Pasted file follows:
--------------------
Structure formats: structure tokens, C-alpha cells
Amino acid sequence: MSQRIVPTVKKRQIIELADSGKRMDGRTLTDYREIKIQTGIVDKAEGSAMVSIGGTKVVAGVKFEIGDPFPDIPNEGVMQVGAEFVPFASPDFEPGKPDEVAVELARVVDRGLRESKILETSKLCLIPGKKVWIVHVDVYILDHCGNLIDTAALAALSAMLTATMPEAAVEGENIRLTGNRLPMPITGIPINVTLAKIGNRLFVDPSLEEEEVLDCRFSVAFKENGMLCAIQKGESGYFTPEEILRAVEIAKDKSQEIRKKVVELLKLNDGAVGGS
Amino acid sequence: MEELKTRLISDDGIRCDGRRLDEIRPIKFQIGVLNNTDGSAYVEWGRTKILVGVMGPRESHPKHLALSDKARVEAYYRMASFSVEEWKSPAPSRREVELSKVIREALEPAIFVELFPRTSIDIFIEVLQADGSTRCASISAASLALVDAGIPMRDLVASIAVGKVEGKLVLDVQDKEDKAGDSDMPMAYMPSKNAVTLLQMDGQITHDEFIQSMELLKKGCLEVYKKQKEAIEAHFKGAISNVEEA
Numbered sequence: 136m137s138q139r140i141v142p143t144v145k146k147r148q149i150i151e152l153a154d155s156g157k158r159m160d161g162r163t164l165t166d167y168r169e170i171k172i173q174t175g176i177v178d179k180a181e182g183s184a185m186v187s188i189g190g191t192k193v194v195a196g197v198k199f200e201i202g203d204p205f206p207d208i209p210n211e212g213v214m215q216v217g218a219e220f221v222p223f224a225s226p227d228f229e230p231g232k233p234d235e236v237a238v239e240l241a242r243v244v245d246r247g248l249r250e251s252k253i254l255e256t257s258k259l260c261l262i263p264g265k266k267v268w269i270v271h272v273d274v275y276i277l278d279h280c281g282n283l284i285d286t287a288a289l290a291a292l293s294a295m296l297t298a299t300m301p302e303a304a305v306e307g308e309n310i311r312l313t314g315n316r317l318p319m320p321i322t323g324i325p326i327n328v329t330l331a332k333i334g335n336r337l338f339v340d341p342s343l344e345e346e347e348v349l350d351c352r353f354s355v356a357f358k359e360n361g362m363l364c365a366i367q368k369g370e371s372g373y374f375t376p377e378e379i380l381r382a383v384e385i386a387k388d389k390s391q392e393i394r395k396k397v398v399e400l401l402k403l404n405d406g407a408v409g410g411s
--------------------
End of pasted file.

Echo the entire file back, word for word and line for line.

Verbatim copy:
Structure formats: structure tokens, C-alpha cells
Amino acid sequence: MSQRIVPTVKKRQIIELADSGKRMDGRTLTDYREIKIQTGIVDKAEGSAMVSIGGTKVVAGVKFEIGDPFPDIPNEGVMQVGAEFVPFASPDFEPGKPDEVAVELARVVDRGLRESKILETSKLCLIPGKKVWIVHVDVYILDHCGNLIDTAALAALSAMLTATMPEAAVEGENIRLTGNRLPMPITGIPINVTLAKIGNRLFVDPSLEEEEVLDCRFSVAFKENGMLCAIQKGESGYFTPEEILRAVEIAKDKSQEIRKKVVELLKLNDGAVGGS
Amino acid sequence: MEELKTRLISDDGIRCDGRRLDEIRPIKFQIGVLNNTDGSAYVEWGRTKILVGVMGPRESHPKHLALSDKARVEAYYRMASFSVEEWKSPAPSRREVELSKVIREALEPAIFVELFPRTSIDIFIEVLQADGSTRCASISAASLALVDAGIPMRDLVASIAVGKVEGKLVLDVQDKEDKAGDSDMPMAYMPSKNAVTLLQMDGQITHDEFIQSMELLKKGCLEVYKKQKEAIEAHFKGAISNVEEA
Numbered sequence: 136m137s138q139r140i141v142p143t144v145k146k147r148q149i150i151e152l153a154d155s156g157k158r159m160d161g162r163t164l165t166d167y168r169e170i171k172i173q174t175g176i177v178d179k180a181e182g183s184a185m186v187s188i189g190g191t192k193v194v195a196g197v198k199f200e201i202g203d204p205f206p207d208i209p210n211e212g213v214m215q216v217g218a219e220f221v222p223f224a225s226p227d228f229e230p231g232k233p234d235e236v237a238v239e240l241a242r243v244v245d246r247g248l249r250e251s252k253i254l255e256t257s258k259l260c261l262i263p264g265k266k267v268w269i270v271h272v273d274v275y276i277l278d279h280c281g282n283l284i285d286t287a288a289l290a291a292l293s294a295m296l297t298a299t300m301p302e303a304a305v306e307g308e309n310i311r312l313t314g315n316r317l318p319m320p321i322t323g324i325p326i327n328v329t330l331a332k333i334g335n336r337l338f339v340d341p342s343l344e345e346e347e348v349l350d351c352r353f354s355v356a357f358k359e360n361g362m363l364c365a366i367q368k369g370e371s372g373y374f375t376p377e378e379i380l381r382a383v384e385i386a387k388d389k390s391q392e393i394r395k396k397v398v399e400l401l402k403l404n405d406g407a408v409g410g411s